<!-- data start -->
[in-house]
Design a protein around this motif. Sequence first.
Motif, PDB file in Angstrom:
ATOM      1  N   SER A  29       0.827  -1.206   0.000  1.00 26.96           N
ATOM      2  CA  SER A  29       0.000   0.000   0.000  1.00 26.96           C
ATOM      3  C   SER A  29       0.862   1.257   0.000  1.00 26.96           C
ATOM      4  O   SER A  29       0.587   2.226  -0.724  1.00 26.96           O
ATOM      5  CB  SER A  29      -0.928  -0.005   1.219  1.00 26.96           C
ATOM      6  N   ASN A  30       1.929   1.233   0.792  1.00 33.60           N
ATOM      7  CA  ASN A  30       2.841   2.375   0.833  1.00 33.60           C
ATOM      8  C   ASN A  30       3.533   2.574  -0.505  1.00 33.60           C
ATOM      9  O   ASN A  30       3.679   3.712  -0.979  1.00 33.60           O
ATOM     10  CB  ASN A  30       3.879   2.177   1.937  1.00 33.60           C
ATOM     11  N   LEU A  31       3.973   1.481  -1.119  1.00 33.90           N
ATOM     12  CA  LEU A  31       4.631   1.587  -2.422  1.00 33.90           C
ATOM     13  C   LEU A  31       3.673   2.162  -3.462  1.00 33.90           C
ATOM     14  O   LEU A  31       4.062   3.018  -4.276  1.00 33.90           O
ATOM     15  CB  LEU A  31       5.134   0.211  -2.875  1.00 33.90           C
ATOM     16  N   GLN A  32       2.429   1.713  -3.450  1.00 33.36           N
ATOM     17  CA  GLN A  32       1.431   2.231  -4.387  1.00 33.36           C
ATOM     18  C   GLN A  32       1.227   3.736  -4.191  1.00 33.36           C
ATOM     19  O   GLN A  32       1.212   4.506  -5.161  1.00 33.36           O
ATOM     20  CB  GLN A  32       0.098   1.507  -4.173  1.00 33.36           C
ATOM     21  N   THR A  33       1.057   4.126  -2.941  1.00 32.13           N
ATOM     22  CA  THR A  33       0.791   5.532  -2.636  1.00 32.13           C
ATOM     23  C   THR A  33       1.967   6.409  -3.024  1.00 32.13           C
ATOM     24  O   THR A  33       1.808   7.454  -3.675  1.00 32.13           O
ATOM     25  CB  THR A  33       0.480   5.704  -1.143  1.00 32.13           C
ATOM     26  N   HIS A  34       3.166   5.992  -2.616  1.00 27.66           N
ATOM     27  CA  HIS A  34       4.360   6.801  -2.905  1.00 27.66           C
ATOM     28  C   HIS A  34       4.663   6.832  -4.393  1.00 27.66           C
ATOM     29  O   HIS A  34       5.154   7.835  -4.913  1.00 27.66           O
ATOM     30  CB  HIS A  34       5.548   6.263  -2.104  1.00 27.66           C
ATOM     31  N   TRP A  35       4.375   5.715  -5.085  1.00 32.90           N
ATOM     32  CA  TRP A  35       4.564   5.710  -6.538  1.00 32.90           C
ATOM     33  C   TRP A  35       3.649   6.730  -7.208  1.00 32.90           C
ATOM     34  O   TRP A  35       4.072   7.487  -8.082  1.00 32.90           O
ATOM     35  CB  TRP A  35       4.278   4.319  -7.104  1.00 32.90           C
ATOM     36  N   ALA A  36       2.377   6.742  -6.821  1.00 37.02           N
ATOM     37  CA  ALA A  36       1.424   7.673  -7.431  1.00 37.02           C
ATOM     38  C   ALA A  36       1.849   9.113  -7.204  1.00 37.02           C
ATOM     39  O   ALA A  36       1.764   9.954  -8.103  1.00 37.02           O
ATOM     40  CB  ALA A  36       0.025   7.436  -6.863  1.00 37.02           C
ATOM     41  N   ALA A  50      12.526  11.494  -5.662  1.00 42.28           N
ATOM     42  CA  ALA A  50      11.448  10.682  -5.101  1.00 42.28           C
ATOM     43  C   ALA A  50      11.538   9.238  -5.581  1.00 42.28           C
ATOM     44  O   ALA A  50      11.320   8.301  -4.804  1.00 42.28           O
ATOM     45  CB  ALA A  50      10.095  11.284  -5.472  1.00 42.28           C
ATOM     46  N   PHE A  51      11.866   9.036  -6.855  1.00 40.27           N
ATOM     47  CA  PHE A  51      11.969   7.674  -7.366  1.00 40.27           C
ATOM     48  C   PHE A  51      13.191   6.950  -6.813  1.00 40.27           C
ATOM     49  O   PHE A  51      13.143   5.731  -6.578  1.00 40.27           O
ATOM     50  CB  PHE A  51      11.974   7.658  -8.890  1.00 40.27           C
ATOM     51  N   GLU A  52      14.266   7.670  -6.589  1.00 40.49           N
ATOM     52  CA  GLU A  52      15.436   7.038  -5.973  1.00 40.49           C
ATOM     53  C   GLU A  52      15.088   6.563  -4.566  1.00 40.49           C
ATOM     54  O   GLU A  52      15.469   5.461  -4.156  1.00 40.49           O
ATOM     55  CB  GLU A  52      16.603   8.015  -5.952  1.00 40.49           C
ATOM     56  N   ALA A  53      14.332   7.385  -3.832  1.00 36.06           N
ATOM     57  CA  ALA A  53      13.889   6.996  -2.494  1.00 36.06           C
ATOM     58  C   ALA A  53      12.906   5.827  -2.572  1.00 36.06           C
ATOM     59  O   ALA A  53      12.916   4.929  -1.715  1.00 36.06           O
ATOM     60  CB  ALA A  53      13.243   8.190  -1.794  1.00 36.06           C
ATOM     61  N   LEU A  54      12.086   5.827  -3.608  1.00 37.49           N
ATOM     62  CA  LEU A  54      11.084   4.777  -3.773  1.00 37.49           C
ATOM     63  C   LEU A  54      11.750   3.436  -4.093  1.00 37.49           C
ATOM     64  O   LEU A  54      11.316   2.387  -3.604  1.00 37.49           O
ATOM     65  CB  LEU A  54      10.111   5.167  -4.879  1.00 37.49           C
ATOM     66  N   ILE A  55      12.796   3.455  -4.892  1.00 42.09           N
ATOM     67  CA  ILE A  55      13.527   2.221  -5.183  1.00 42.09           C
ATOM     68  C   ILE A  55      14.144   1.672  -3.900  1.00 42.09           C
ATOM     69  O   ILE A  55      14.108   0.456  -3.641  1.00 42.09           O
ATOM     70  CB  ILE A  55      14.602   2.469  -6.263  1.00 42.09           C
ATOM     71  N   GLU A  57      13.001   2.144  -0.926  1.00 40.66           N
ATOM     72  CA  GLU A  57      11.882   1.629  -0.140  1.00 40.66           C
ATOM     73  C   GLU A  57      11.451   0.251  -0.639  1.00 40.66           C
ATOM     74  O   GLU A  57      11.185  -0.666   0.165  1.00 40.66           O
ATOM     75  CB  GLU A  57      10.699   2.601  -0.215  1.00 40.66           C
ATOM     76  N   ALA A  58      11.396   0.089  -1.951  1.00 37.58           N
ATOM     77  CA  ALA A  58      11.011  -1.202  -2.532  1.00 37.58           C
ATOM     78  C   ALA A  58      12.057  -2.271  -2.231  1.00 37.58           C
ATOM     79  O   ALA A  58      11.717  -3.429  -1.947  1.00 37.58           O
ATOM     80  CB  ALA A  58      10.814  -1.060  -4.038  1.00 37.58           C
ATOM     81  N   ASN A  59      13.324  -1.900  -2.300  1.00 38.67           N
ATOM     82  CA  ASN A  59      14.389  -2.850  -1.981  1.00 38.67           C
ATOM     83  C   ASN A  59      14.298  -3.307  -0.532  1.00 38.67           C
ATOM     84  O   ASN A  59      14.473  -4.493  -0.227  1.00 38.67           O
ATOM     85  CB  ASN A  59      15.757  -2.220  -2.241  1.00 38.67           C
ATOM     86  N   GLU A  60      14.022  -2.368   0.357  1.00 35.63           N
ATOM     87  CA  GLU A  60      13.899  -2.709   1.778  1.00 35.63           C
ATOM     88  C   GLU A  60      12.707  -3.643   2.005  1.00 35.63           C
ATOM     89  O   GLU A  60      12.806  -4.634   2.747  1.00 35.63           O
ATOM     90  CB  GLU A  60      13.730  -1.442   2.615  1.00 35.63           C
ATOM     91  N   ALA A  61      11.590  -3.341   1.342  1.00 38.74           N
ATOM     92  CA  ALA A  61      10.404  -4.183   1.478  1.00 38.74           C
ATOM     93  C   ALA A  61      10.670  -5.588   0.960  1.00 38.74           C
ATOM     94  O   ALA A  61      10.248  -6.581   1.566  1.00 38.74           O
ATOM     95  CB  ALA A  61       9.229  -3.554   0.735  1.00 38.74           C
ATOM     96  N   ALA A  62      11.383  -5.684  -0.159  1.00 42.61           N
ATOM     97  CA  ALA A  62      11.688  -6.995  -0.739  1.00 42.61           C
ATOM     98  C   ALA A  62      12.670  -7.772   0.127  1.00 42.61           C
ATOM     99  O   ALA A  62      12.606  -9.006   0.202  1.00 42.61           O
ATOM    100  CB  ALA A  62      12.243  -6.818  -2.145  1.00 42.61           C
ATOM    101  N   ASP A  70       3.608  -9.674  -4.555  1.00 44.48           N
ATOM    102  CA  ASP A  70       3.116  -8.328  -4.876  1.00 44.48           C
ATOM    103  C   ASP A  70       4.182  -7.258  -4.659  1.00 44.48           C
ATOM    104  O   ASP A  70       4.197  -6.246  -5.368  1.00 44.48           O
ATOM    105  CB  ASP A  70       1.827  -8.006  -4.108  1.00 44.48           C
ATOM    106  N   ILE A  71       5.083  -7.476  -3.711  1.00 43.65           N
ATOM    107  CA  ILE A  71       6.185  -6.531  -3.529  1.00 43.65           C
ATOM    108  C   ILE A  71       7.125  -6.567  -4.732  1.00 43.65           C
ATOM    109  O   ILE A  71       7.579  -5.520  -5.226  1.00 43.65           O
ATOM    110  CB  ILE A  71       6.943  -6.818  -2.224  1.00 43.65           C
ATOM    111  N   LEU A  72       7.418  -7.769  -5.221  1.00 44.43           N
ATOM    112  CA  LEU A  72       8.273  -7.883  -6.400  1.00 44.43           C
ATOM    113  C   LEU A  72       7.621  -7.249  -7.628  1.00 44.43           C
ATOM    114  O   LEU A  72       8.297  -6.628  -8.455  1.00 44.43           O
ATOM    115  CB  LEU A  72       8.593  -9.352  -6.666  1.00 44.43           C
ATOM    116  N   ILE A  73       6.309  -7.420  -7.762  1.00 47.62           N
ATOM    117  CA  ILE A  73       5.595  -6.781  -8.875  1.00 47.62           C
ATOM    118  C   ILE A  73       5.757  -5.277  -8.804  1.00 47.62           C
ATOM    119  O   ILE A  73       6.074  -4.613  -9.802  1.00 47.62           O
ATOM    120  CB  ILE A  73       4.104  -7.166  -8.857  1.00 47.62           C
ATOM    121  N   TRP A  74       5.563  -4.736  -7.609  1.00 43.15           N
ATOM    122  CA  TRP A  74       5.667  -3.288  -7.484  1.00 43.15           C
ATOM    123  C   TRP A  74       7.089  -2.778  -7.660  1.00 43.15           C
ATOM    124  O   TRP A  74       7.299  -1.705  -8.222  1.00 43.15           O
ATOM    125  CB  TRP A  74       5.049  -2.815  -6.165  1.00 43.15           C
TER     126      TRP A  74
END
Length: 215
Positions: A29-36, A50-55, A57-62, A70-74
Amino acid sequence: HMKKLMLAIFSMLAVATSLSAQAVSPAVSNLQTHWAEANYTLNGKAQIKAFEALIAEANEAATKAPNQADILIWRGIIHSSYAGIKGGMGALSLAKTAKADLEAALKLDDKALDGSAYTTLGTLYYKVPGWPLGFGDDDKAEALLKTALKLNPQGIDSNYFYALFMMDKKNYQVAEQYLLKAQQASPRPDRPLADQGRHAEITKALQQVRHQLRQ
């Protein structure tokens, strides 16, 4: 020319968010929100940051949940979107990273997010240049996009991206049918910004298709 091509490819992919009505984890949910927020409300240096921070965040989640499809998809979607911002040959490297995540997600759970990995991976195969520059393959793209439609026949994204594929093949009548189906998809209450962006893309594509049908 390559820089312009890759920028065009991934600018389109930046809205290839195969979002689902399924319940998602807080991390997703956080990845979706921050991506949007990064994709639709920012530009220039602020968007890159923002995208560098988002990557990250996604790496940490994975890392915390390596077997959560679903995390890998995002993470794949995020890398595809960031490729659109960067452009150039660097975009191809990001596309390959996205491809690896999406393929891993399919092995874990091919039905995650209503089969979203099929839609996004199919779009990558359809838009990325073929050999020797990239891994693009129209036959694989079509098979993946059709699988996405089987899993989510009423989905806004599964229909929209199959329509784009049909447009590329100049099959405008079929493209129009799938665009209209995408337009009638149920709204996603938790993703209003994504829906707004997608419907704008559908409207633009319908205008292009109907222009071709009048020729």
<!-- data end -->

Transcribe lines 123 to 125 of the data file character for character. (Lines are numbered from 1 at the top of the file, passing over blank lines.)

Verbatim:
ATOM    120  CB  ILE A  73       4.104  -7.166  -8.857  1.00 47.62           C
ATOM    121  N   TRP A  74       5.563  -4.736  -7.609  1.00 43.15           N
ATOM    122  CA  TRP A  74       5.667  -3.288  -7.484  1.00 43.15           C